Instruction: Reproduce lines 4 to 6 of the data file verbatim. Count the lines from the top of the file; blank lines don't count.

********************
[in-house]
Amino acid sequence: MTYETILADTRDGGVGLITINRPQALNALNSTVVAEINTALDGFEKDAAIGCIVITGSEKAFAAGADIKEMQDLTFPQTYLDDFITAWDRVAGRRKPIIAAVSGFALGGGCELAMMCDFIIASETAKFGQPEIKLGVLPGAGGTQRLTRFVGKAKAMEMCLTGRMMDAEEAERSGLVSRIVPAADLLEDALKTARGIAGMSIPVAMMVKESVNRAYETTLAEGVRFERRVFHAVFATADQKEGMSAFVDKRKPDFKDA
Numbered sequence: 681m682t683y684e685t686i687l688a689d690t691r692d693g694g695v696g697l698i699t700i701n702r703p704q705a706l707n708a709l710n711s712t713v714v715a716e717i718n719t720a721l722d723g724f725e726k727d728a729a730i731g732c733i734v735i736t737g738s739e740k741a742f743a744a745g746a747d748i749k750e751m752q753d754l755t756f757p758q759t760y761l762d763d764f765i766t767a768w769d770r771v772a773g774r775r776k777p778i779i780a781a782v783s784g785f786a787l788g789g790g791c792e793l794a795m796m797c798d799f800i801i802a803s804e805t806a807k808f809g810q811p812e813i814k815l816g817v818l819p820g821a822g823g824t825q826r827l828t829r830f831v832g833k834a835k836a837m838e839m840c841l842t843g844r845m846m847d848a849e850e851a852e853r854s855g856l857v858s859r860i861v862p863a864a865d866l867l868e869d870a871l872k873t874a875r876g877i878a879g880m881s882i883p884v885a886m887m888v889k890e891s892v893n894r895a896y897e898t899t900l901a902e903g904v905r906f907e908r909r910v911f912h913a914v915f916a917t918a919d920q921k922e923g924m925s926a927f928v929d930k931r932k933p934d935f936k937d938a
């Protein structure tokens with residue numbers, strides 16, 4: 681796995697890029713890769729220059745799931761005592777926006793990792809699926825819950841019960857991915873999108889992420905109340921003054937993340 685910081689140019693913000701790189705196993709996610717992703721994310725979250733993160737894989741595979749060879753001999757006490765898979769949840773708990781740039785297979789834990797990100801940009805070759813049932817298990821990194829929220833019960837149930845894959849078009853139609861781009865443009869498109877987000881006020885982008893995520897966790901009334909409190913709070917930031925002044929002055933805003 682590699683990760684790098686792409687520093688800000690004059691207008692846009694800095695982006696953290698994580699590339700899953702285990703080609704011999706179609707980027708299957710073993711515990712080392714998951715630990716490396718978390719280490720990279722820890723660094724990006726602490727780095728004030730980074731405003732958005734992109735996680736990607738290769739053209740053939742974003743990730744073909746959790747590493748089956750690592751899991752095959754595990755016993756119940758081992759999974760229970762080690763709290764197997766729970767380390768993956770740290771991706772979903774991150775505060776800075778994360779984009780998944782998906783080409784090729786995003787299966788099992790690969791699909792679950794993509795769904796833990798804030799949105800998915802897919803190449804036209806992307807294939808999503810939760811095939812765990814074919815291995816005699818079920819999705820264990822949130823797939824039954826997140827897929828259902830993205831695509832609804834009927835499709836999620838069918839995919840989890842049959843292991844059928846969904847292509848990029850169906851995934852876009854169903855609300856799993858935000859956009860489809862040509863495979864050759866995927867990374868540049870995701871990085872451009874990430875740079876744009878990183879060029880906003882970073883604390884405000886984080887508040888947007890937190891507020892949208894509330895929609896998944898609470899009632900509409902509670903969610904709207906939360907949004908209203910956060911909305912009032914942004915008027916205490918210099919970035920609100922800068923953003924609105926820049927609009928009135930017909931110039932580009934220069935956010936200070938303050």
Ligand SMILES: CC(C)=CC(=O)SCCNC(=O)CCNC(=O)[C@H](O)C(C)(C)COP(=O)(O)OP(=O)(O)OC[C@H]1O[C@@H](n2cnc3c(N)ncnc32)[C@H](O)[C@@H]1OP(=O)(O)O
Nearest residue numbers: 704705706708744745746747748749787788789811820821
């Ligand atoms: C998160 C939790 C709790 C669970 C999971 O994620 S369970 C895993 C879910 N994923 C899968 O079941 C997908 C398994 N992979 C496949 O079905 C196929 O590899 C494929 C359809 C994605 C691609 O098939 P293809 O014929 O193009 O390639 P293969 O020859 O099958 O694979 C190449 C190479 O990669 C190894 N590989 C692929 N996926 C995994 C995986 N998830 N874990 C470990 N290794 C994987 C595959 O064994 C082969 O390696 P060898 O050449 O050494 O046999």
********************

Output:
């Protein structure tokens with residue numbers, strides 16, 4: 681796995697890029713890769729220059745799931761005592777926006793990792809699926825819950841019960857991915873999108889992420905109340921003054937993340 685910081689140019693913000701790189705196993709996610717992703721994310725979250733993160737894989741595979749060879753001999757006490765898979769949840773708990781740039785297979789834990797990100801940009805070759813049932817298990821990194829929220833019960837149930845894959849078009853139609861781009865443009869498109877987000881006020885982008893995520897966790901009334909409190913709070917930031925002044929002055933805003 682590699683990760684790098686792409687520093688800000690004059691207008692846009694800095695982006696953290698994580699590339700899953702285990703080609704011999706179609707980027708299957710073993711515990712080392714998951715630990716490396718978390719280490720990279722820890723660094724990006726602490727780095728004030730980074731405003732958005734992109735996680736990607738290769739053209740053939742974003743990730744073909746959790747590493748089956750690592751899991752095959754595990755016993756119940758081992759999974760229970762080690763709290764197997766729970767380390768993956770740290771991706772979903774991150775505060776800075778994360779984009780998944782998906783080409784090729786995003787299966788099992790690969791699909792679950794993509795769904796833990798804030799949105800998915802897919803190449804036209806992307807294939808999503810939760811095939812765990814074919815291995816005699818079920819999705820264990822949130823797939824039954826997140827897929828259902830993205831695509832609804834009927835499709836999620838069918839995919840989890842049959843292991844059928846969904847292509848990029850169906851995934852876009854169903855609300856799993858935000859956009860489809862040509863495979864050759866995927867990374868540049870995701871990085872451009874990430875740079876744009878990183879060029880906003882970073883604390884405000886984080887508040888947007890937190891507020892949208894509330895929609896998944898609470899009632900509409902509670903969610904709207906939360907949004908209203910956060911909305912009032914942004915008027916205490918210099919970035920609100922800068923953003924609105926820049927609009928009135930017909931110039932580009934220069935956010936200070938303050």
Ligand SMILES: CC(C)=CC(=O)SCCNC(=O)CCNC(=O)[C@H](O)C(C)(C)COP(=O)(O)OP(=O)(O)OC[C@H]1O[C@@H](n2cnc3c(N)ncnc32)[C@H](O)[C@@H]1OP(=O)(O)O
Nearest residue numbers: 704705706708744745746747748749787788789811820821